“I participate by presenting certain topics and our SOC provides threat intel back. I’m using it to exchange with peers; what they are currently doing, looking at the current trends, but also  emerging threats. From my point of view, it’s really good to have this peer discussions,” says Hopstaken.

As well as indicators of compromise or information around threat actors and vulnerabilities, Irving explains that FS-ISAC members also share information around strategy and what security programs companies may be running or planning to run. “Sharing doesn’t have to be about an incident or a threat that you experience. It can also be about things that you’ve done, that are successful or not successful, and can obviously be very helpful when you’re combating the bad guys” he says.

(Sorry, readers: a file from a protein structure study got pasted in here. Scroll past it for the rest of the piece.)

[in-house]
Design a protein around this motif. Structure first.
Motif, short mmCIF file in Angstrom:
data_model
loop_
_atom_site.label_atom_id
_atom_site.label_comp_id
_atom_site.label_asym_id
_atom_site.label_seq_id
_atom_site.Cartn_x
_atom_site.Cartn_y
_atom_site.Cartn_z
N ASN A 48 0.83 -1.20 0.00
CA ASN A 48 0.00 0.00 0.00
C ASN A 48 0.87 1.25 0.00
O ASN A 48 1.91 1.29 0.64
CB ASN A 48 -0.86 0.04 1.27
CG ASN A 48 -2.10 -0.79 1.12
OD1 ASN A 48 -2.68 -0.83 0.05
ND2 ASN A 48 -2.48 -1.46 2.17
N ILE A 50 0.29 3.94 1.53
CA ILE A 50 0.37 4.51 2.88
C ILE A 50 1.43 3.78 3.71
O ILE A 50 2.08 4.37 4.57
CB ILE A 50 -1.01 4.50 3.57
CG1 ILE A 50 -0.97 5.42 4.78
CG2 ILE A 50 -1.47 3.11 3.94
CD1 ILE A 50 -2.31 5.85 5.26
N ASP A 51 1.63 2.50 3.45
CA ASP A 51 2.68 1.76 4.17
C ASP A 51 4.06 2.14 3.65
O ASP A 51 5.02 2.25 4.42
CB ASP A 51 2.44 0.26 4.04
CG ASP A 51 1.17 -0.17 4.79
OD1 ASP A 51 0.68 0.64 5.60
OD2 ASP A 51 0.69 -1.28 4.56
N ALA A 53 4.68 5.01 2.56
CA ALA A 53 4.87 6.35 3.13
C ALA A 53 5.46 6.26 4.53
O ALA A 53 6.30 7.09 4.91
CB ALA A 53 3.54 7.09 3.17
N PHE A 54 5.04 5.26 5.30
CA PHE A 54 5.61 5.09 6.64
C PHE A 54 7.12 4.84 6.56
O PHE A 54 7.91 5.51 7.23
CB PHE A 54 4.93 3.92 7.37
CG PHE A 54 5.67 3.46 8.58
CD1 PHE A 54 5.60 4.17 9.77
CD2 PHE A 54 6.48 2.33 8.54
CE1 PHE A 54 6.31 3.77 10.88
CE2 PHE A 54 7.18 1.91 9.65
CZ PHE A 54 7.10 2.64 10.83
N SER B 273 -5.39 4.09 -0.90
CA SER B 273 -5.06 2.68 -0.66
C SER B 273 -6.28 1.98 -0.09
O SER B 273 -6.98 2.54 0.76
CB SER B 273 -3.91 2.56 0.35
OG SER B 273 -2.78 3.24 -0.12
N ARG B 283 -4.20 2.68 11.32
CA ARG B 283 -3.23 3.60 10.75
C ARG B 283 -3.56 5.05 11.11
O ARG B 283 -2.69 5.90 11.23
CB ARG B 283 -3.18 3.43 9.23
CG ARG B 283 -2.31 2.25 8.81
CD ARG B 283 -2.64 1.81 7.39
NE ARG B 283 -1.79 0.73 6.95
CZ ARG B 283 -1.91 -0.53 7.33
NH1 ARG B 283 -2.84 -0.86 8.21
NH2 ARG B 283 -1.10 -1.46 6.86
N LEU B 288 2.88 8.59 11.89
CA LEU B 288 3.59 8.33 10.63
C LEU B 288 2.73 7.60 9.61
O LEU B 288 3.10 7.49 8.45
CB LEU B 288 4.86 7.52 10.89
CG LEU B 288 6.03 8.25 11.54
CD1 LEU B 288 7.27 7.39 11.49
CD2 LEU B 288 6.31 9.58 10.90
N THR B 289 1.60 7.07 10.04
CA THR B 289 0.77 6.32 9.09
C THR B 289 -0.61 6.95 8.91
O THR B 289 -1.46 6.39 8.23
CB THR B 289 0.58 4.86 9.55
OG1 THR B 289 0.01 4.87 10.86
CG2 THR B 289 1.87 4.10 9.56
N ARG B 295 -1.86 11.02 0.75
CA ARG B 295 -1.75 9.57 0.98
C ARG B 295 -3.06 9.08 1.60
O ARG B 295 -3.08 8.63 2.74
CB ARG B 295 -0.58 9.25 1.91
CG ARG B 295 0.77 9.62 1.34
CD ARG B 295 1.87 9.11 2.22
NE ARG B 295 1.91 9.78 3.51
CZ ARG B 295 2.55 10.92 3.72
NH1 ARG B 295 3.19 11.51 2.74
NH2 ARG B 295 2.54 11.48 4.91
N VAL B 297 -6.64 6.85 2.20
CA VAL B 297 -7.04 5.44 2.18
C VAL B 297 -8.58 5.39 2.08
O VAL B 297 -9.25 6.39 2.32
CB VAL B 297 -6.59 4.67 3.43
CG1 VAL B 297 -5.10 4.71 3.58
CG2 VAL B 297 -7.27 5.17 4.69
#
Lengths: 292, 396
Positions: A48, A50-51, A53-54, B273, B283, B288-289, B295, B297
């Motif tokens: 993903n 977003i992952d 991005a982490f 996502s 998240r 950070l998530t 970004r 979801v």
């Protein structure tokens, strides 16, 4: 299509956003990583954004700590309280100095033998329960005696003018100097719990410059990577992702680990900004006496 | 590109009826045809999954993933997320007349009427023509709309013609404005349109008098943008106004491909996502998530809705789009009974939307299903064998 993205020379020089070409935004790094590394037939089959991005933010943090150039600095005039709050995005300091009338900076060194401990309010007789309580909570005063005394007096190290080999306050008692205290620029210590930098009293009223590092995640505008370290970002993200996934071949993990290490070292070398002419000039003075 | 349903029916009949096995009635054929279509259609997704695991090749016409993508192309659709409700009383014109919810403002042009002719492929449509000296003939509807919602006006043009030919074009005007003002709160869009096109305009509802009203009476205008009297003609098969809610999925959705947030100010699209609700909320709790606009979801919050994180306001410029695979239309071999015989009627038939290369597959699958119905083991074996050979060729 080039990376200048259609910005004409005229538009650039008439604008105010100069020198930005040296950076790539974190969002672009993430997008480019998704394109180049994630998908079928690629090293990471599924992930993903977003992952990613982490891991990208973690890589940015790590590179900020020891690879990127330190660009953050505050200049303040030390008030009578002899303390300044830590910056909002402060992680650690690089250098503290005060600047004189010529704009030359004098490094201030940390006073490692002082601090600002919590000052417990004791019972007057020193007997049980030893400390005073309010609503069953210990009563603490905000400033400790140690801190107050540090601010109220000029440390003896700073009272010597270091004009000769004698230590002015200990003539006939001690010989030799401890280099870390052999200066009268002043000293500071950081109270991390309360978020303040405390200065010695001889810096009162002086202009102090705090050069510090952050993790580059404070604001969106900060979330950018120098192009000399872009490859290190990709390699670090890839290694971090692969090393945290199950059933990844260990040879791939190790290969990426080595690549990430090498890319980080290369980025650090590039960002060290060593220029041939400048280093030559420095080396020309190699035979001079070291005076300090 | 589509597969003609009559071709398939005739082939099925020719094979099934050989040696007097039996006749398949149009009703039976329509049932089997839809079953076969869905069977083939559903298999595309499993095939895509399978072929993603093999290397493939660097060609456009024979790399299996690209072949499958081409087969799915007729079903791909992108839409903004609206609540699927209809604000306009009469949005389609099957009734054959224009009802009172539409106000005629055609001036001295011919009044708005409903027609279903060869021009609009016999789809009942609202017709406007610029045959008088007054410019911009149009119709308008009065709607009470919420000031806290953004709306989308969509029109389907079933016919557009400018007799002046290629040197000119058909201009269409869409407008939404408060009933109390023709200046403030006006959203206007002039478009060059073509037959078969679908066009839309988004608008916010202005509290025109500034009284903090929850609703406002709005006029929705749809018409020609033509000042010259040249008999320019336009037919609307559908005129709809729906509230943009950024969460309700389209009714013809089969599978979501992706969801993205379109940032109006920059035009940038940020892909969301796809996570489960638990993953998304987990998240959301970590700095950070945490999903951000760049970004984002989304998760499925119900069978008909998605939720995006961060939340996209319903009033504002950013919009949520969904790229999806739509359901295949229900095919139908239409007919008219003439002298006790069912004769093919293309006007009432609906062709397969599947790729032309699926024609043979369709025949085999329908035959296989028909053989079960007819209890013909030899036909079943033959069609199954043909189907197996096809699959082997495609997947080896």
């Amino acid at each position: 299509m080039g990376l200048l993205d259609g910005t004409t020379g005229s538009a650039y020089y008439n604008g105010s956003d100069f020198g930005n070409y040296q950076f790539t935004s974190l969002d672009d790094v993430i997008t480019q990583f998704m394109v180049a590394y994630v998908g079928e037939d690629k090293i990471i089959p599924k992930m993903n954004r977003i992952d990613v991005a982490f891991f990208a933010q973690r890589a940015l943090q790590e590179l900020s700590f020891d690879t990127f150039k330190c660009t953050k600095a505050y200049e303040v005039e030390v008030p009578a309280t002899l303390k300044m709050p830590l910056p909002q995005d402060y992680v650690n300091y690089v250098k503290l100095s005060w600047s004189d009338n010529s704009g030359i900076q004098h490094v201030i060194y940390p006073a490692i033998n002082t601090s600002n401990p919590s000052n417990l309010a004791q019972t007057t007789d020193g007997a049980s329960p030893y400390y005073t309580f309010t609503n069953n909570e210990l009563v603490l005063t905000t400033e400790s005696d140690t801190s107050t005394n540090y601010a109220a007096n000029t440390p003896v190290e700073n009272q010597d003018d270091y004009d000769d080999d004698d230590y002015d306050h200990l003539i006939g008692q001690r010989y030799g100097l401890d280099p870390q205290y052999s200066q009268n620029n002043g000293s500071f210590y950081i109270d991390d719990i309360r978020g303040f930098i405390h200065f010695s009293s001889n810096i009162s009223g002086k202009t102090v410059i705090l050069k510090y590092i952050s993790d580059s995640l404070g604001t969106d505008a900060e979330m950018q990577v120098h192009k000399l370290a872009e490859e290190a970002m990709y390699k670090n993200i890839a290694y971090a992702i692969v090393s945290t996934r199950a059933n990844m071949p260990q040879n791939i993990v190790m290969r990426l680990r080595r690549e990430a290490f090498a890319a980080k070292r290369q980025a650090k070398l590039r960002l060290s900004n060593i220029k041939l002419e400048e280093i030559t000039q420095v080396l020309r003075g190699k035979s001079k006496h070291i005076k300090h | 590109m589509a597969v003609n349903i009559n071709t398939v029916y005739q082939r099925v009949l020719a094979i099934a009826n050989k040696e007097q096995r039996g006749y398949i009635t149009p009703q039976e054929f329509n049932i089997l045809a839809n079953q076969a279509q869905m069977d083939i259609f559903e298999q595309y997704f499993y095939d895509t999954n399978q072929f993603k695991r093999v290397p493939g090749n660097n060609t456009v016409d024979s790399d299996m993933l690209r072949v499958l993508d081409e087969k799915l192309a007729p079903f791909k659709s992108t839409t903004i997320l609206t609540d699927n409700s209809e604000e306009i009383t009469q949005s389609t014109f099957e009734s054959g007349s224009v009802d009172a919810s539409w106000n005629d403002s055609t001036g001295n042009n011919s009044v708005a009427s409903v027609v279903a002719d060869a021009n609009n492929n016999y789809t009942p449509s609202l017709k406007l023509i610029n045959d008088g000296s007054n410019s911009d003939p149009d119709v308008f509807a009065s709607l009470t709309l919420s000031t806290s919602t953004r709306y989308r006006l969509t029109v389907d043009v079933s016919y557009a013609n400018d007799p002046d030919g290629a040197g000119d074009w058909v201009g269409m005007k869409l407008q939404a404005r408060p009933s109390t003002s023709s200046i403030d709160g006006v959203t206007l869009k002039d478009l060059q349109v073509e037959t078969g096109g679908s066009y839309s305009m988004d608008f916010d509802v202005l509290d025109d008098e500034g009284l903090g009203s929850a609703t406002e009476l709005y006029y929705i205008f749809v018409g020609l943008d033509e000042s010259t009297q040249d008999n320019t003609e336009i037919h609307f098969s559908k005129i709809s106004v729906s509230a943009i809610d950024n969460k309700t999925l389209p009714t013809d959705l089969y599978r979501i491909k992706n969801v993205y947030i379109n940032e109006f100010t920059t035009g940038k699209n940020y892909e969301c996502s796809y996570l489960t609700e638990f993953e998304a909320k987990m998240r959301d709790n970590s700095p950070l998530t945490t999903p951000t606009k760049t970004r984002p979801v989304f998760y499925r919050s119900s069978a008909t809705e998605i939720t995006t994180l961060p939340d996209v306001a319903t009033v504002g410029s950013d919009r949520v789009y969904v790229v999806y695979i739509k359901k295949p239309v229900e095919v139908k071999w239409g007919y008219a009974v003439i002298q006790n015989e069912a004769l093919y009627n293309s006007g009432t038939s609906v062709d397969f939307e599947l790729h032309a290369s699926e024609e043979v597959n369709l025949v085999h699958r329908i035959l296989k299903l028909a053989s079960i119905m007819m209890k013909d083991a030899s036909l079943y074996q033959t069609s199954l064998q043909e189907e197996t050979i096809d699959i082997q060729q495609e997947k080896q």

There are measurable benefits to sharing information. In their latest Data Breach Preparedness study, Experian and Ponemon found that 51 percent of organizations participate or is planning to participate in initiatives for sharing information. The main benefits those organizations report are greater collaboration, an improved security posture and speedier incident response efforts.

The study also found that organizations that participate or plan to participate are less likely to have suffered a data breach within the last 12 months compared to those that do not and have no plans to join any sharing initiatives.

Cost benefit of sharing security intel

The study also lists a lack of resources and the cost of participation as one of the main barriers to participating in intel sharing. A recent report from Accenture & Ponemon, however, suggest there’s monetary value to sharing.

The study, designed to help quantify which security technologies provide the most savings, found that enterprises that invest in threat intelligence and sharing can see cost savings of $2.26 million per organization. This is because it not only helps around discovery and investigation activities, but also understanding and prevention of threats, which aids in allocating resources against anticipated attacks.